Facebook Finally Joins Google, Twitter & Microsoft With A Transparency Report; But Locks It Behind A Registration Wall

from the not-so-transparent dept

Over the years, we've been happy to see Google launch and then continue to expand its "Transparency Report," highlighting both government and private attempts to censor content or get information on users. Given how successful that's been, Twitter and Microsoft have joined in as well, with similar transparency reports.

In fact, there's been an ongoing argument between these tech companies and the DOJ, seeking permission to be able to include more data concerning FISA court orders to their transparency reports in order to be more transparent and complete -- something we'd hope the government should want, but so far, has been fighting.

The latest entrant is Facebook, who has finally released a transparency report covering government requests for data (so, no info on other types of requests, such as copyright takedowns). The report shows that Facebook is certainly rejecting a decent number of requests that it feels are inappropriate. It also shows the data on the US using "ranges" (unlike every other country). So, for the US, they note that there were between 11,000 and 12,000 requests, impacting 20,000 to 21,000 accounts (and they complied with 79% of the requests). The use of ranges is consistent with Google, Twitter and Microsoft's reports, where the government has only allowed such reports to include data on national security letters if there was a range given. This is stupid and petty by the DOJ. Having the exact aggregate number of requests -- which might include other kinds of warrants/subpoenas as well as NSLs or FISC orders -- isn't going to reveal anything dangerous.

What's interesting is that the included FAQ insists that this report "contains every request for user data we received for the first six months of 2013." If that's true then that suggests that Facebook is including FISC orders as well as NSLs. However, other companies, like Google and Microsoft have indicated that they haven't been allowed to include FISC orders, which are often under gag orders.

Oddly, and for no clear reason, Facebook put the "transparency" report behind its registration wall -- meaning that you can't see it if you're not a Facebook member or if you're not logged in. That doesn't seem very transparent, frankly. Perhaps Facebook's legal team is similarly confused about Facebook's own privacy settings, and forgot to set this page to be shareable with "the public." Thankfully, there is a screenshot of the page so you can check it out:


Reader Comments (rss)

(Flattened / Threaded)

  1.  
    identicon
    Atul Arora, Aug 27th, 2013 @ 8:33pm

     

    reply to this | link to this | view in thread ]

  2.  
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    Arthur Moore (profile), Aug 27th, 2013 @ 8:56pm

    Facebook Privacy

    Facebook constantly updates their UI, so how the privacy settings are set changes every couple of months. What's worse, they had a nasty habit of resetting the privacy stuff to the default.

    I share things with friends that at worst might be mildly embarrassing if an employer could see them, but that's it. If I don't need a security clearance, then there's no reason for anyone not on my allow list to have access to the data. Sadly, I can't trust that the settings won't get changed without me knowing it.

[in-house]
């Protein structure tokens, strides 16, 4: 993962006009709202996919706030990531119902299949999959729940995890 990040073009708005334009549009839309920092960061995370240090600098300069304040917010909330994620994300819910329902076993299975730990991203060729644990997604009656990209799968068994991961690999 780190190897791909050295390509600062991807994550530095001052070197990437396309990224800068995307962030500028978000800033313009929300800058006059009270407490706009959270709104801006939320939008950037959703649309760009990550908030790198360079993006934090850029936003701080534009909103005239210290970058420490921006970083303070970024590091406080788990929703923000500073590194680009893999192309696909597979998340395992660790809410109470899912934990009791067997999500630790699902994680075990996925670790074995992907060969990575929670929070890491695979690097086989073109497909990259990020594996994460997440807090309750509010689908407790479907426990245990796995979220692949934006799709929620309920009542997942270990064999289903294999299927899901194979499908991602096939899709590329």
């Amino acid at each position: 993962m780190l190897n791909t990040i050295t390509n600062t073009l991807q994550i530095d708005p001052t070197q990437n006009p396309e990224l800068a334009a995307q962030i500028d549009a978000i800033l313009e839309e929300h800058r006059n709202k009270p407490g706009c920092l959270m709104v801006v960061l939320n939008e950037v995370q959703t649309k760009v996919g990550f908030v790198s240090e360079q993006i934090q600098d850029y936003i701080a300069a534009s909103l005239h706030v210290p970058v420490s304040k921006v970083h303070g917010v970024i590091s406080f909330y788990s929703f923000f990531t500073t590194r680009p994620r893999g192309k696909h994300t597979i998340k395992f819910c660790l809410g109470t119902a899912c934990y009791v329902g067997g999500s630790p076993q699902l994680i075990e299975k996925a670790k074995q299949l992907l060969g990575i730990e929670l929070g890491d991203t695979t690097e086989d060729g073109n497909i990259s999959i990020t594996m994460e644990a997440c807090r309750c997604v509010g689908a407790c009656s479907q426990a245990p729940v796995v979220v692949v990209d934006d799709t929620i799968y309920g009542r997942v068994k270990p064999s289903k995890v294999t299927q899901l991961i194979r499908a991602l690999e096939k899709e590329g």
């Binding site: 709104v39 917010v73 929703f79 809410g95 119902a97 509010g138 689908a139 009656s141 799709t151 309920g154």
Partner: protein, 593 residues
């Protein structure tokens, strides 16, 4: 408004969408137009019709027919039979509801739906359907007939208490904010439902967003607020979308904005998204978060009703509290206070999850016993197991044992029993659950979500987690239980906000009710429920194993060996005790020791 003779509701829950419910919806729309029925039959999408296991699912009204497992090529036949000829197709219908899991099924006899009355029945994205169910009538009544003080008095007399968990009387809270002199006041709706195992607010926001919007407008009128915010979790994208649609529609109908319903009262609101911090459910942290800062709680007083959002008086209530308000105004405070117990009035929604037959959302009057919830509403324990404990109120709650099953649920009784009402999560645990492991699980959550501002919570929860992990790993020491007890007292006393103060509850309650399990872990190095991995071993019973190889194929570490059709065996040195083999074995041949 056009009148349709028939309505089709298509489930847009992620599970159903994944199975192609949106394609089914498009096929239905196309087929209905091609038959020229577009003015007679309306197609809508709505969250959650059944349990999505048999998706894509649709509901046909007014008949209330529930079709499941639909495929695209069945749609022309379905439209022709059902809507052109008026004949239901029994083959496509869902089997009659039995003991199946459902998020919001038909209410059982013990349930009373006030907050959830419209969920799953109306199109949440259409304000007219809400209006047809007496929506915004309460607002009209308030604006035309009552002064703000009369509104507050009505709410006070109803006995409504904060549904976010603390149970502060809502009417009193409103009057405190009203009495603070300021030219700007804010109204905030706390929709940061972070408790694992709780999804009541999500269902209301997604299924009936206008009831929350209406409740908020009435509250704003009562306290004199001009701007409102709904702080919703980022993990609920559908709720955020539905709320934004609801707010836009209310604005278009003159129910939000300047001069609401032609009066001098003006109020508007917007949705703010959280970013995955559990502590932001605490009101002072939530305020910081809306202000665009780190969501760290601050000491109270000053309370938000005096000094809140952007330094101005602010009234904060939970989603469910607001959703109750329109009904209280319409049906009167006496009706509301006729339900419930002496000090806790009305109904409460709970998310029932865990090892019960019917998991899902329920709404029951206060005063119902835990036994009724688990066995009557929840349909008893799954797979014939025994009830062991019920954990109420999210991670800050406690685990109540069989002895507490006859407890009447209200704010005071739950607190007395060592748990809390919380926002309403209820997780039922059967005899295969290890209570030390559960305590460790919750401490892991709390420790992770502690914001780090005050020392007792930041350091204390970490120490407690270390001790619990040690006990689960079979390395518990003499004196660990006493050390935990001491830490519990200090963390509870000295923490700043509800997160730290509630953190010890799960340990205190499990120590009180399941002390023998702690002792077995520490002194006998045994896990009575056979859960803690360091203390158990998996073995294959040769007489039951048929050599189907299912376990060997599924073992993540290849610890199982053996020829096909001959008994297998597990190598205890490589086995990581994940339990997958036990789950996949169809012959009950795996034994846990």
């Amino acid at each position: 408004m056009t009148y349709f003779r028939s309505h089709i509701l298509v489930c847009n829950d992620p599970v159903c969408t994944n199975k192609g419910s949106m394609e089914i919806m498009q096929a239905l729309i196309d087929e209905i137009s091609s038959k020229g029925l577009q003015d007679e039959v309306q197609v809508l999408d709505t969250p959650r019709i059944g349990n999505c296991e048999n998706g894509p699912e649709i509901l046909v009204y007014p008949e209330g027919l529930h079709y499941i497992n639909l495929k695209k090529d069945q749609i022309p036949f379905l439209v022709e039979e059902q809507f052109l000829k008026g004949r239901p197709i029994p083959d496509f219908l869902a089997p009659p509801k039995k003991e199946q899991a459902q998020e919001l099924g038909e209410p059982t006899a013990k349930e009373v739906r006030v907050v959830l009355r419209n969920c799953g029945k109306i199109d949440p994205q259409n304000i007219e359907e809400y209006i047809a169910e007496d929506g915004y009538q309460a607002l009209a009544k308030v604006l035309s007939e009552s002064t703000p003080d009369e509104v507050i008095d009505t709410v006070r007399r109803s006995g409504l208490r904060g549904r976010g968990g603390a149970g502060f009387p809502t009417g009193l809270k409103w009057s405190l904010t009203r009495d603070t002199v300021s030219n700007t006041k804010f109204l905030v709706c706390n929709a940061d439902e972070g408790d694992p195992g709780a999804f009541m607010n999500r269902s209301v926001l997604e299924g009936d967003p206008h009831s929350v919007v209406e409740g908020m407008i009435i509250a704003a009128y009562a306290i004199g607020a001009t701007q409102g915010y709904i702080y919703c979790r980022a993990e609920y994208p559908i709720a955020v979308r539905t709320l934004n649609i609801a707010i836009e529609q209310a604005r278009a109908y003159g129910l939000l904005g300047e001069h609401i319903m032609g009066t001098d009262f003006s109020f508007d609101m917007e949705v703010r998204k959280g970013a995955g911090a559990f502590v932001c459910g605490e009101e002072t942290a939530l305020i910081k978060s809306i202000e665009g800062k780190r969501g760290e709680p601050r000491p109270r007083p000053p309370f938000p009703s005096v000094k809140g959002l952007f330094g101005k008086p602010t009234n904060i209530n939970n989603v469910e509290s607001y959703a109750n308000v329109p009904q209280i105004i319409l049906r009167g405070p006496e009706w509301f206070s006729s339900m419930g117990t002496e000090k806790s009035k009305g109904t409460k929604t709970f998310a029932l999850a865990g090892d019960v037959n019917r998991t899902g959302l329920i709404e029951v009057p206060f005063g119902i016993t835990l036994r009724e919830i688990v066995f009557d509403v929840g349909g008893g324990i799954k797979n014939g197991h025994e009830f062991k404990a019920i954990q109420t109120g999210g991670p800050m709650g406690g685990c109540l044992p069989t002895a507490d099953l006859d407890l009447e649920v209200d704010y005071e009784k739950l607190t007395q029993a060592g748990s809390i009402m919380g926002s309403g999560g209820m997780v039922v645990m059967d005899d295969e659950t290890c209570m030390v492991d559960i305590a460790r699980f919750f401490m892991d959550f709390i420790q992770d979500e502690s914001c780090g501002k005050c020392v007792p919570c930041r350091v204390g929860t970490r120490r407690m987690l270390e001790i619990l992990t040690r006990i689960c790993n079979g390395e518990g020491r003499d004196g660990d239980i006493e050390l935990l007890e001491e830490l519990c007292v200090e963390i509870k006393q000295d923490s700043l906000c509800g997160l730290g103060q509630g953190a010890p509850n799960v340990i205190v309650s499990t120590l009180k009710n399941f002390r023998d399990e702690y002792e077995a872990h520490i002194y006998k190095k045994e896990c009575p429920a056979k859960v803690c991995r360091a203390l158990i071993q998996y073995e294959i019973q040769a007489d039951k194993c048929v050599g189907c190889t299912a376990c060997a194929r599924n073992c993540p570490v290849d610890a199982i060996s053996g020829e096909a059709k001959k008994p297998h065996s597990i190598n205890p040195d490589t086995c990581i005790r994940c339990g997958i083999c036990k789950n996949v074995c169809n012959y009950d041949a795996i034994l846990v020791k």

This is Facebook's big hurdle. People are realizing that Facebook is not inherently private, so they're self censoring. That decreases the value of the website, and turns people to things like snapchat.

    Given the importance of user trust to a site like Facebook, I'm surprised by them walling this report off. Then again, it is Facebook....

     

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  3.  
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    Wally (profile), Aug 27th, 2013 @ 10:38pm

    Bugmenot....

    ....is a website I use to keep my anonymity when a simple registration is required to do a download or see an image. Porn sites and ROM sites are typically blocked but it is quite functional and all you have to do is provide a user name and password to a website you registered to to allow others to log in on so they don't have to register.


    So for this transparency report that requires registration for use, just register once and then provide the user name and password to Bugmenot.

     

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  4.  
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    horse with no name, Aug 27th, 2013 @ 11:22pm

    Seems normal

    If anything, I would say that the number of requests here are pretty low. Remember, 12,000 requests (where more than 100 million people are members) seems like a low ratio, and appears to be in keeping with normal policing levels. I can imagine that those requests are for everything including missing teens, the obviously stupid drug dealers that post pics on facebook, and so on.

    It doesn't seem to be a very big issue. That the transparency is behind a basic login doesn't seem to be a big issue either, considering that the people impacted by these actions would be able to see the report without issue. Your comment on it seems to be whining for the sake of whining, not an actual complaint that means anything.

     

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  5.  
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    Anonymous Coward, Aug 28th, 2013 @ 12:13am

    Never been part of Facebook, sure not been encouraged over the years to join. I promise you that this little tidbit is not going to make me suddenly change my mind. I've heard enough of the privacy nightmares involving Facebook to ensure I will never sign up.

     

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  6.  
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    PaulT (profile), Aug 28th, 2013 @ 1:31am

    Re: Bugmenot....

    A reasonable suggestion but sadly not one that will work in this case. Searching for Facebook on bugmenot gets you the following message:

    "SITE BLOCKED
    This site has been barred from the bugmenot system."

    One workaround is to create a fake account yourself. Use a disposable email account to reply to the automated email, and you can set up a Facebook (or any other) account with fake details without compromising your privacy.

    Either way, this doesn't excuse Facebook from locking up a supposed transparency report, especially since their own privacy settings would allow it to be visible by non-users of their site. It's either an oversight, or an attempt to keep track of who's looking at this data.

     

    reply to this | link to this | view in thread ]

  7.  
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    Anonymous Coward, Aug 28th, 2013 @ 1:50am

    A facebook employee posted this reply on HN: